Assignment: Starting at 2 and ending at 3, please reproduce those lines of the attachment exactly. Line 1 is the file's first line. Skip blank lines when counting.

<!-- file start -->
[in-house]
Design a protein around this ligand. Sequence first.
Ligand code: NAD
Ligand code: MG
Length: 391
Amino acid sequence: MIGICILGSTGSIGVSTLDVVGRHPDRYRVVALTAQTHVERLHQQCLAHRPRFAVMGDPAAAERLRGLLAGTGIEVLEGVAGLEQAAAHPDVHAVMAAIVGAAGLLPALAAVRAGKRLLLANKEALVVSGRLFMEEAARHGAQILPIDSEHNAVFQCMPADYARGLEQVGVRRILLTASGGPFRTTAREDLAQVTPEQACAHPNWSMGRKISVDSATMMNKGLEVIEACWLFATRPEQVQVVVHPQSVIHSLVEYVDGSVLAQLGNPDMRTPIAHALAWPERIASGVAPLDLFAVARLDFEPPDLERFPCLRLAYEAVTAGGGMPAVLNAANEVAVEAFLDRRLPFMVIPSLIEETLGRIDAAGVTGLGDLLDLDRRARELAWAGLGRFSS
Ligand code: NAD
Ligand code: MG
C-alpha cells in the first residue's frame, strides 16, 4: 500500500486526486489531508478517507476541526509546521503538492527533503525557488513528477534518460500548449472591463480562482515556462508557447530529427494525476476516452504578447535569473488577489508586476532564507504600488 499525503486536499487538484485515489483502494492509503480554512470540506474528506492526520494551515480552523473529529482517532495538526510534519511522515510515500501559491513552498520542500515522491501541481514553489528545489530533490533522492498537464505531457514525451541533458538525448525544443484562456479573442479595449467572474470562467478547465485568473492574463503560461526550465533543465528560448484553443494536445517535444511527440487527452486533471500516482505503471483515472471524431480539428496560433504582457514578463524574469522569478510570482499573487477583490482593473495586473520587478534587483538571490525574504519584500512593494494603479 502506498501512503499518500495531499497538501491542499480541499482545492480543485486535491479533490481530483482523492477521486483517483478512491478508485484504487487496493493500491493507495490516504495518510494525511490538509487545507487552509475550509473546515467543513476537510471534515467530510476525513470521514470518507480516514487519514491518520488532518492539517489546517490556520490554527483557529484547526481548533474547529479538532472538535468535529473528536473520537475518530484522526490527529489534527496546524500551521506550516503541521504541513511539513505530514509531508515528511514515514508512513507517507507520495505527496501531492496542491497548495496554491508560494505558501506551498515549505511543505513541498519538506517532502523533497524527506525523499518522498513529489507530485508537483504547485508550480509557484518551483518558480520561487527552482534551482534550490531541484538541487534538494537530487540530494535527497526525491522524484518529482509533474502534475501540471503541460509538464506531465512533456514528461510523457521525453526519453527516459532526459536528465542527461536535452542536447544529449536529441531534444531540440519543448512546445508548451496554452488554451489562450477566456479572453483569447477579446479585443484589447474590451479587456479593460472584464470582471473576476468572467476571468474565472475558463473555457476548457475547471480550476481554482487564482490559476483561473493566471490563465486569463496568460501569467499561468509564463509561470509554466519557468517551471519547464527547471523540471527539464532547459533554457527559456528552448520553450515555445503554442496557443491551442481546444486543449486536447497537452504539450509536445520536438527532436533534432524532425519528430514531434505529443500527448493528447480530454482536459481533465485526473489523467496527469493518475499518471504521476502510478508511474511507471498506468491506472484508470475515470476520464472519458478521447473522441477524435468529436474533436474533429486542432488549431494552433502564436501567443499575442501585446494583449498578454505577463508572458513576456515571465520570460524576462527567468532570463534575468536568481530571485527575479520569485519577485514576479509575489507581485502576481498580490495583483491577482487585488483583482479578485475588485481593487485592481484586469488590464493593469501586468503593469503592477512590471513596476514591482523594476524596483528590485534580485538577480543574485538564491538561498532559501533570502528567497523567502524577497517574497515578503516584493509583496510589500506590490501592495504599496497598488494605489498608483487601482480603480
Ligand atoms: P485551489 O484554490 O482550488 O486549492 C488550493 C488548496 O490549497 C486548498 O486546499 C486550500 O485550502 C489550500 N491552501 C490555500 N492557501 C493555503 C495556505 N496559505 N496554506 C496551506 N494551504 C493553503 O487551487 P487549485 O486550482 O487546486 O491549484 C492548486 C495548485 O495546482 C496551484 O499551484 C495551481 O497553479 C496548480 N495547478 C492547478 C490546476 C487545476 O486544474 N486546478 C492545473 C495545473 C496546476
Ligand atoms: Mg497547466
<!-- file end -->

Design a protein around this ligand. Sequence first.
Ligand code: NAD